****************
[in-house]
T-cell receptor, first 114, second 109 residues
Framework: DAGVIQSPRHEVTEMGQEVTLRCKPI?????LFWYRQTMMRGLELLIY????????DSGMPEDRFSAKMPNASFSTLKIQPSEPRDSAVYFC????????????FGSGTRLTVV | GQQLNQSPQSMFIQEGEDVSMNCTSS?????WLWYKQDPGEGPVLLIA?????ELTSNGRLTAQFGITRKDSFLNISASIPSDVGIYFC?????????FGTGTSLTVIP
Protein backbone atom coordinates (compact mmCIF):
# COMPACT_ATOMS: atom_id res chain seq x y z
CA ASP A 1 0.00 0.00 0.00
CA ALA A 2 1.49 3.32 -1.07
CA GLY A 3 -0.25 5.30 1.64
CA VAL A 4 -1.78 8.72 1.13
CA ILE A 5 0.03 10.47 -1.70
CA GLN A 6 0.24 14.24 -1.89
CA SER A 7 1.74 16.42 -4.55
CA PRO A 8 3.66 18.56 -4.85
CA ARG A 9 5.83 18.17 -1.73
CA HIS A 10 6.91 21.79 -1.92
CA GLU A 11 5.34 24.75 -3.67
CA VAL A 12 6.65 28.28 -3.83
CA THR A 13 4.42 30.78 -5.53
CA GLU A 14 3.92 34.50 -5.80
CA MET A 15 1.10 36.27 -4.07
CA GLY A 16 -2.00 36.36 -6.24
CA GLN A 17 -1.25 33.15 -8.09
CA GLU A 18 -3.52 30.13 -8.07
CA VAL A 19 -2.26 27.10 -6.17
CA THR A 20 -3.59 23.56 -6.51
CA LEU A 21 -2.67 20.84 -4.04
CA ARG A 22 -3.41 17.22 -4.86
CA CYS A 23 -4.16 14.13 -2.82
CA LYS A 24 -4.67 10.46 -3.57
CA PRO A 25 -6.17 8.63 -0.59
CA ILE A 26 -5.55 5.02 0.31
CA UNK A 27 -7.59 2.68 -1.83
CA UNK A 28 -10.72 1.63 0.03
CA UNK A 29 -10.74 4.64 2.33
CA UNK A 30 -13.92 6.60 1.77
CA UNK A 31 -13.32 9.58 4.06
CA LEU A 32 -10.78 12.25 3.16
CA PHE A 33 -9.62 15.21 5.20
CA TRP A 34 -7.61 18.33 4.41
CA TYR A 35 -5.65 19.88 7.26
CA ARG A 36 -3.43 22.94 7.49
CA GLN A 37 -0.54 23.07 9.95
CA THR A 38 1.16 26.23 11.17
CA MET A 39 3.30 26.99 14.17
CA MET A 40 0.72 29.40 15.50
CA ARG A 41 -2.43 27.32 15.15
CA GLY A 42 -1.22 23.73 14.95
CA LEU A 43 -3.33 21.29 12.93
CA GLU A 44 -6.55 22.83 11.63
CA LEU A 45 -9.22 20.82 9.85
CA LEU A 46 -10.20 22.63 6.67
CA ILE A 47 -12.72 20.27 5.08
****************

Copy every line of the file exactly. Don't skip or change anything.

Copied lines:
[in-house]
T-cell receptor, first 114, second 109 residues
Framework: DAGVIQSPRHEVTEMGQEVTLRCKPI?????LFWYRQTMMRGLELLIY????????DSGMPEDRFSAKMPNASFSTLKIQPSEPRDSAVYFC????????????FGSGTRLTVV | GQQLNQSPQSMFIQEGEDVSMNCTSS?????WLWYKQDPGEGPVLLIA?????ELTSNGRLTAQFGITRKDSFLNISASIPSDVGIYFC?????????FGTGTSLTVIP
Protein backbone atom coordinates (compact mmCIF):
# COMPACT_ATOMS: atom_id res chain seq x y z
CA ASP A 1 0.00 0.00 0.00
CA ALA A 2 1.49 3.32 -1.07
CA GLY A 3 -0.25 5.30 1.64
CA VAL A 4 -1.78 8.72 1.13
CA ILE A 5 0.03 10.47 -1.70
CA GLN A 6 0.24 14.24 -1.89
CA SER A 7 1.74 16.42 -4.55
CA PRO A 8 3.66 18.56 -4.85
CA ARG A 9 5.83 18.17 -1.73
CA HIS A 10 6.91 21.79 -1.92
CA GLU A 11 5.34 24.75 -3.67
CA VAL A 12 6.65 28.28 -3.83
CA THR A 13 4.42 30.78 -5.53
CA GLU A 14 3.92 34.50 -5.80
CA MET A 15 1.10 36.27 -4.07
CA GLY A 16 -2.00 36.36 -6.24
CA GLN A 17 -1.25 33.15 -8.09
CA GLU A 18 -3.52 30.13 -8.07
CA VAL A 19 -2.26 27.10 -6.17
CA THR A 20 -3.59 23.56 -6.51
CA LEU A 21 -2.67 20.84 -4.04
CA ARG A 22 -3.41 17.22 -4.86
CA CYS A 23 -4.16 14.13 -2.82
CA LYS A 24 -4.67 10.46 -3.57
CA PRO A 25 -6.17 8.63 -0.59
CA ILE A 26 -5.55 5.02 0.31
CA UNK A 27 -7.59 2.68 -1.83
CA UNK A 28 -10.72 1.63 0.03
CA UNK A 29 -10.74 4.64 2.33
CA UNK A 30 -13.92 6.60 1.77
CA UNK A 31 -13.32 9.58 4.06
CA LEU A 32 -10.78 12.25 3.16
CA PHE A 33 -9.62 15.21 5.20
CA TRP A 34 -7.61 18.33 4.41
CA TYR A 35 -5.65 19.88 7.26
CA ARG A 36 -3.43 22.94 7.49
CA GLN A 37 -0.54 23.07 9.95
CA THR A 38 1.16 26.23 11.17
CA MET A 39 3.30 26.99 14.17
CA MET A 40 0.72 29.40 15.50
CA ARG A 41 -2.43 27.32 15.15
CA GLY A 42 -1.22 23.73 14.95
CA LEU A 43 -3.33 21.29 12.93
CA GLU A 44 -6.55 22.83 11.63
CA LEU A 45 -9.22 20.82 9.85
CA LEU A 46 -10.20 22.63 6.67
CA ILE A 47 -12.72 20.27 5.08